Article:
The Harassed Parent's Guide to Kids' After School Swimming Lessons - Keep Insanity at Bay With These Useful Tips  

by Pool Builders on 06-04-2013 in Articles

As every parent knows, kids swimming lessons are something we have to endure in order to prevent a catastrophic accident during the annual family pilgrimage to Spain. Non-swimmers require close supervision at all times. This effectively means that you can't slope off to the pool bar for a white wine top-up while little Joshua is paddling in the shallow end of the hotel pool. However, if your child is a competent swimmer, you don't have to worry about them drowning the moment you turn your back on them.

Don't Forget the Swimming Kit

One of the cardinal rules of after school lessons is to make sure that you have packed the swim kit. There is nothing worse than arriving at the pool after a long day, only to find that you left your child's swim costume or towel in the hallway at home. Your child will cry and so will you. So if memory is not your strong point, leave post-it notes all over the house and set a reminder on your phone for the morning of the lesson.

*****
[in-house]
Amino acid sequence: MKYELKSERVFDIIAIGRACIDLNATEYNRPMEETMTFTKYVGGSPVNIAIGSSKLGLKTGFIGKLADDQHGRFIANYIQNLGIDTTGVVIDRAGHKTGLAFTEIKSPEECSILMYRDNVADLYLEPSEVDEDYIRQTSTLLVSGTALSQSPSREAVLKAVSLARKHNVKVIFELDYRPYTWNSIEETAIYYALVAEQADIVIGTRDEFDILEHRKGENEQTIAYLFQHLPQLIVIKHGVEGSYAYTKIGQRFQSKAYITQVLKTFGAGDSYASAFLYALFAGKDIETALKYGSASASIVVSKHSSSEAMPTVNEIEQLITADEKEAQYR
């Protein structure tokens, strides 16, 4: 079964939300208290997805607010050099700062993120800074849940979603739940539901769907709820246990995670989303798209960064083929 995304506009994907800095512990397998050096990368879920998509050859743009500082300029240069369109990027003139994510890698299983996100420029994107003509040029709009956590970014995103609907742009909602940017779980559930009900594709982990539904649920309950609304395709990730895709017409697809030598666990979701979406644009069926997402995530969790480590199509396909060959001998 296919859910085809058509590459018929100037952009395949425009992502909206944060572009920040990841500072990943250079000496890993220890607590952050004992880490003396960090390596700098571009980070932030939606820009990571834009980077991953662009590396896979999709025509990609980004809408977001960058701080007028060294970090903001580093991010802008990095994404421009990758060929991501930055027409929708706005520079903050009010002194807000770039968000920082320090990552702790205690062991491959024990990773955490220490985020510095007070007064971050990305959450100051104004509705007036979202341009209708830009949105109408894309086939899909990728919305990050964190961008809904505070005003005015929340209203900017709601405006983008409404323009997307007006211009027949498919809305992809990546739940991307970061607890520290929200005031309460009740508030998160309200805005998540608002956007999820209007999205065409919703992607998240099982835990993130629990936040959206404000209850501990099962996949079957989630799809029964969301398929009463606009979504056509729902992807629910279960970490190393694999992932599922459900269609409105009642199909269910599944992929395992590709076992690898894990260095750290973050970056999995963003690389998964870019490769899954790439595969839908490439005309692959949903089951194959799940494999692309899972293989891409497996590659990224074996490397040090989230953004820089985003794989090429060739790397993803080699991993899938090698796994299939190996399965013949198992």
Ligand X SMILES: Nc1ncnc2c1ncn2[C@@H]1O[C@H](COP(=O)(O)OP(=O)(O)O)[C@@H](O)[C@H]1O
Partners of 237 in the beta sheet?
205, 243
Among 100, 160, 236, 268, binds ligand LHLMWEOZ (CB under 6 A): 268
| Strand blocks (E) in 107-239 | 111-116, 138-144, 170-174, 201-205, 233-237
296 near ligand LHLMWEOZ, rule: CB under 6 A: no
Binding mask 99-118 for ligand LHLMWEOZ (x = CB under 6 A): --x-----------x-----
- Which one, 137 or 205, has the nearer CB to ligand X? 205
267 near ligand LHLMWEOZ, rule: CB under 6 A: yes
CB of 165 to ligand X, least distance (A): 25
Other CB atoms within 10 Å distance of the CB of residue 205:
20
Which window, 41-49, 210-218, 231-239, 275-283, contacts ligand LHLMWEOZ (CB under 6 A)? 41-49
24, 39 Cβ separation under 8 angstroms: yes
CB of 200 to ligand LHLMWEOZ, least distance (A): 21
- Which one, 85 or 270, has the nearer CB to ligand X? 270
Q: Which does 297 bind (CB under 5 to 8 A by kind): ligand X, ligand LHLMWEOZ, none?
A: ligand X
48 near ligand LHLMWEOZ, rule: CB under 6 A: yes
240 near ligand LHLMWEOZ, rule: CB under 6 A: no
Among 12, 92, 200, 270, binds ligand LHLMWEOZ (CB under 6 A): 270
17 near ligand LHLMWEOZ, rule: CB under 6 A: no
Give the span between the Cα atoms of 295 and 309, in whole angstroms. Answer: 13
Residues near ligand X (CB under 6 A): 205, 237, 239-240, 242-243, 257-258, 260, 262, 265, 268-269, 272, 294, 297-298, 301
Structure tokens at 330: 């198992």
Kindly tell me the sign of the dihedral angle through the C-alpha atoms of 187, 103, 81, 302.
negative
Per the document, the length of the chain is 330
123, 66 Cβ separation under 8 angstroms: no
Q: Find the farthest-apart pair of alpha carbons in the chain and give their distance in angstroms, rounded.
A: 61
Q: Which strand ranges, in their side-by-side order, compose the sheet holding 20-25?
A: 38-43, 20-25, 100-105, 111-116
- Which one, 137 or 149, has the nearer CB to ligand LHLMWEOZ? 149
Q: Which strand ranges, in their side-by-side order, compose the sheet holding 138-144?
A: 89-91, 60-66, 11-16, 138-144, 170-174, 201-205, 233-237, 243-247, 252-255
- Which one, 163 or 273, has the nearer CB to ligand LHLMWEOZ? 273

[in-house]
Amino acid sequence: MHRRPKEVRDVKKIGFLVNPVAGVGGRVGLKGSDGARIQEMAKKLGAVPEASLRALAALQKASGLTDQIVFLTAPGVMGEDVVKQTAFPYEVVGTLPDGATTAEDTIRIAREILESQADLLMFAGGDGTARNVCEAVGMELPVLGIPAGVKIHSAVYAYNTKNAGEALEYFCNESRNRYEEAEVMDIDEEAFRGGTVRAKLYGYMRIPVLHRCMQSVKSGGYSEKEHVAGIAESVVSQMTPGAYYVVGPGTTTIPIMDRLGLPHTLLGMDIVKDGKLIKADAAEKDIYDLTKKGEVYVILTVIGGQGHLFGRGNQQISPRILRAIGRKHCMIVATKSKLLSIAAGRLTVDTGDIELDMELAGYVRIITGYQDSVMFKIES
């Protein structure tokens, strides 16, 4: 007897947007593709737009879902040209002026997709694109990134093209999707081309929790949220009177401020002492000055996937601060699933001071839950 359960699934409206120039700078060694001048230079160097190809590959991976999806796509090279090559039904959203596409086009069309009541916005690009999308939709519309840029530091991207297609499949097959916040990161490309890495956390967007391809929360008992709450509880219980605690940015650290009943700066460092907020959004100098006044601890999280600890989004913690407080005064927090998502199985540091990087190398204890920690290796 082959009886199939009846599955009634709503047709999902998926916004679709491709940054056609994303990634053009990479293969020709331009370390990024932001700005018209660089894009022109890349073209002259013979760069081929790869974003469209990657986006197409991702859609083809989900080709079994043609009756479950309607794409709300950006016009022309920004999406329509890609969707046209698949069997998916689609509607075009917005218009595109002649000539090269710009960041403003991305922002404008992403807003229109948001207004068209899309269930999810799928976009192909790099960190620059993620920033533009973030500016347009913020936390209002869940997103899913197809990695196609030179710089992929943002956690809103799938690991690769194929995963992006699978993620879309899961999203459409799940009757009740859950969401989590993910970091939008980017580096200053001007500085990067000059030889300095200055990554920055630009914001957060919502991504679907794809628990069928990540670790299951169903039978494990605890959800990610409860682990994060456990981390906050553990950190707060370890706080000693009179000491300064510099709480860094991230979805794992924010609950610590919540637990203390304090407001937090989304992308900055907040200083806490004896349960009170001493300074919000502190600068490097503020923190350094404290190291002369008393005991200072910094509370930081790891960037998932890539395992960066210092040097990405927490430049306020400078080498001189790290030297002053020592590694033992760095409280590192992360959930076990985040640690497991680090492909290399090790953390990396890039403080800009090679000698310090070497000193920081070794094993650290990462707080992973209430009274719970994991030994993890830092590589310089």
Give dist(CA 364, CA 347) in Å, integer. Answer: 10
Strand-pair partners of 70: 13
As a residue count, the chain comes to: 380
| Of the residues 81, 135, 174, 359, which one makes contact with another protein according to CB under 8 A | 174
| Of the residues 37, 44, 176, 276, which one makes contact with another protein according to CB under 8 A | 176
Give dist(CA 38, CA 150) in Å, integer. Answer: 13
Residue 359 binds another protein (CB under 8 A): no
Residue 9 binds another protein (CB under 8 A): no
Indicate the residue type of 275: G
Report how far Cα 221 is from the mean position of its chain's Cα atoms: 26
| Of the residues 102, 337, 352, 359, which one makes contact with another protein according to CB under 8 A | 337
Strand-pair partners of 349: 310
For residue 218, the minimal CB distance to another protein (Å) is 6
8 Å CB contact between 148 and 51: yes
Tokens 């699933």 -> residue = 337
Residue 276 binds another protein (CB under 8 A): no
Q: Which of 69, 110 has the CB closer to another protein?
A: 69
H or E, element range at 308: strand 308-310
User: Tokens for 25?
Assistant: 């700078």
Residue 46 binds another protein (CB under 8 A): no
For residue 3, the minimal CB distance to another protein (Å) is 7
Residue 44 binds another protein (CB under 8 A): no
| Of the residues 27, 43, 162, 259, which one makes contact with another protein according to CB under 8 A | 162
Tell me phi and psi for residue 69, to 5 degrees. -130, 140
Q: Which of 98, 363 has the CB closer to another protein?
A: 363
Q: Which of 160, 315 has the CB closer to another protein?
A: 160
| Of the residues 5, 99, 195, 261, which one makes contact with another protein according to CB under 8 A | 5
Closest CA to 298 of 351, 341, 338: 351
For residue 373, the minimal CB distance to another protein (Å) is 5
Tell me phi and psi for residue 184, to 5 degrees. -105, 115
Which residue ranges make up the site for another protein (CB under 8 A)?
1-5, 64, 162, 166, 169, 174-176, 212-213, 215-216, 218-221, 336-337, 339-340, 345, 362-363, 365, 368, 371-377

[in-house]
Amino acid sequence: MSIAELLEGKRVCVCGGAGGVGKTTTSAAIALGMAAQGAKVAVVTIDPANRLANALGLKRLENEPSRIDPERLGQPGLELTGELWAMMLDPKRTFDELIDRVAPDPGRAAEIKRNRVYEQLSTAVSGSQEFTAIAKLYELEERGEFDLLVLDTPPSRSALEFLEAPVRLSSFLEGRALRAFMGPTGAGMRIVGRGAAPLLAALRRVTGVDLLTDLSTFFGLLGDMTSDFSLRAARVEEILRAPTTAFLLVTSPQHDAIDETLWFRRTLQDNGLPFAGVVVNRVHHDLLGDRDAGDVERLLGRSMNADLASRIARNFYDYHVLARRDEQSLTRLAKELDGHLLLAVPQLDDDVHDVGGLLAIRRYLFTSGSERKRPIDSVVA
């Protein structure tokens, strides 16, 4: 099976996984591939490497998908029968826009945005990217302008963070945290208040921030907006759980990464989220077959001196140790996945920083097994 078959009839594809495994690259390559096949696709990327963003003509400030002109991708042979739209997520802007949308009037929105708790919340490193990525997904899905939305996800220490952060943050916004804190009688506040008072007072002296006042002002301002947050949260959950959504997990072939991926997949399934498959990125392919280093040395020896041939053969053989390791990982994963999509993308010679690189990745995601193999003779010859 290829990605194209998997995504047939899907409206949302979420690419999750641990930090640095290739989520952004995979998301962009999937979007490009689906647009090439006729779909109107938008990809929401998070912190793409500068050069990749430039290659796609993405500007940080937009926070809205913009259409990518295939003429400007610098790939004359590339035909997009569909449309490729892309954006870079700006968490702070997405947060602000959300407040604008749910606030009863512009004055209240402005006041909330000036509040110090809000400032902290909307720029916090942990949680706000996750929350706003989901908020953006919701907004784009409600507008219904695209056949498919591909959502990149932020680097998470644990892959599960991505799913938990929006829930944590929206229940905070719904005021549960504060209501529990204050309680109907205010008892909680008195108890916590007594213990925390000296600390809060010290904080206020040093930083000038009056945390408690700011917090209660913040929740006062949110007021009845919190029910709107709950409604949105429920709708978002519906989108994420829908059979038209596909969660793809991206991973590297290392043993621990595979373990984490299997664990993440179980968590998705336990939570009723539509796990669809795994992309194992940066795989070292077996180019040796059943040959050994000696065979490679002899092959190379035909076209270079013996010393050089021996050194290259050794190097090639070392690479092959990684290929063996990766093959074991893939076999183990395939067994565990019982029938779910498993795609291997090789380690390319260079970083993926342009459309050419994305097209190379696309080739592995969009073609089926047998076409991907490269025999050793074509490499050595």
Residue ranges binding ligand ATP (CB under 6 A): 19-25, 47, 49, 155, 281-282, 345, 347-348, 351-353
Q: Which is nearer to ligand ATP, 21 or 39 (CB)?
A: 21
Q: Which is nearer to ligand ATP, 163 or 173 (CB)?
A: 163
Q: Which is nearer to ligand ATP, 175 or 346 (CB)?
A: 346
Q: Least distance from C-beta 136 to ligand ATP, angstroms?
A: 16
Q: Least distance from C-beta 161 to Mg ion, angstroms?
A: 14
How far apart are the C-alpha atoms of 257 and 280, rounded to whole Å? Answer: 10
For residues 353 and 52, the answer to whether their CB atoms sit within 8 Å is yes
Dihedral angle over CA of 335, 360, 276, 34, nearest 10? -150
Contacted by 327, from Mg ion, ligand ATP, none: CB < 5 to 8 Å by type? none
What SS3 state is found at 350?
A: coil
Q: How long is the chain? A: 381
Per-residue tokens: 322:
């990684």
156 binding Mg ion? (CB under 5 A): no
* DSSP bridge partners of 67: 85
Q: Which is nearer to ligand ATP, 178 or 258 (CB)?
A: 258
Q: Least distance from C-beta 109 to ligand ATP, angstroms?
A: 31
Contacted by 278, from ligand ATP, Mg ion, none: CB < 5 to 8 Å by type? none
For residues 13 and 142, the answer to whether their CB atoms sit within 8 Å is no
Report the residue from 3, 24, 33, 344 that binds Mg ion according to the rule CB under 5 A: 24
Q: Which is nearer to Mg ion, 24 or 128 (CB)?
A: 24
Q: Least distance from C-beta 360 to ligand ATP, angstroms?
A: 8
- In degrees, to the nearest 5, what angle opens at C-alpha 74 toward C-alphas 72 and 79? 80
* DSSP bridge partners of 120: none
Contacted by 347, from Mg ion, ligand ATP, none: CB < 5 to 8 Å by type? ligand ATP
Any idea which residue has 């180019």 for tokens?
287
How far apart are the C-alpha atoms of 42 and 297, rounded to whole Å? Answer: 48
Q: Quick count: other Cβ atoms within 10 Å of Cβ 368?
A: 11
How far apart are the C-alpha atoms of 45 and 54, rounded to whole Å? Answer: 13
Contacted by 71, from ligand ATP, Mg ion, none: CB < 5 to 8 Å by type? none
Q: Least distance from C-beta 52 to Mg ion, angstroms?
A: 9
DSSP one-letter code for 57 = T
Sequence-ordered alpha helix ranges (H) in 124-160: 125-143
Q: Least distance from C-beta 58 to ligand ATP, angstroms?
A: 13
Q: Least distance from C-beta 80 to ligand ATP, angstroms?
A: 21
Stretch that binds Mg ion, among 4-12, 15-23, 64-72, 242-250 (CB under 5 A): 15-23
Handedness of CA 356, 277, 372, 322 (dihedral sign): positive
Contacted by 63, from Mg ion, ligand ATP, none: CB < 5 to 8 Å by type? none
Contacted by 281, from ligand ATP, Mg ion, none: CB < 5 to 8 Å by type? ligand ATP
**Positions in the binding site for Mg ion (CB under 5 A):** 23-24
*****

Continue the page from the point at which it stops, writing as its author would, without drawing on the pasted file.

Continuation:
Take Something to Do

Swimming lessons are usually very tedious for parents. It's hot, humid, and invariably there isn't anywhere to sit unless the pool has an on-site cafÃ?. Thankfully smartphones have taken some of the tedium out of the weekly lesson and instead of being bored rigid for half an hour you can deal with work emails or play Angry Birds.

Provide Activities for Younger Siblings

If you have to take other children along to swimming lessons, the pain is normally intensified tenfold. Younger siblings tend to be jealous that their older brother or sister is having all the fun while they are forced to sit quietly for what seems like forever. So in order to bypass a potential tantrum of epic proportions, make sure you have some toys handy. Or if all else fails, promise them a Happy Meal if they behave.

Delegate Swimming Lessons

By far the best way to enjoy a happy life, free from the horror of swimming lessons, is to delegate the responsibility of taking your child swimming to someone else. Ideally this person will be the other parent, but if this is not possible, try calling in a favour from a grandparent or other handy relative. Alternatively, make friends with another parent at your child's lessons and come to an agreement whereby one of you takes both children on alternate weeks. That way you can enjoy every other week off.

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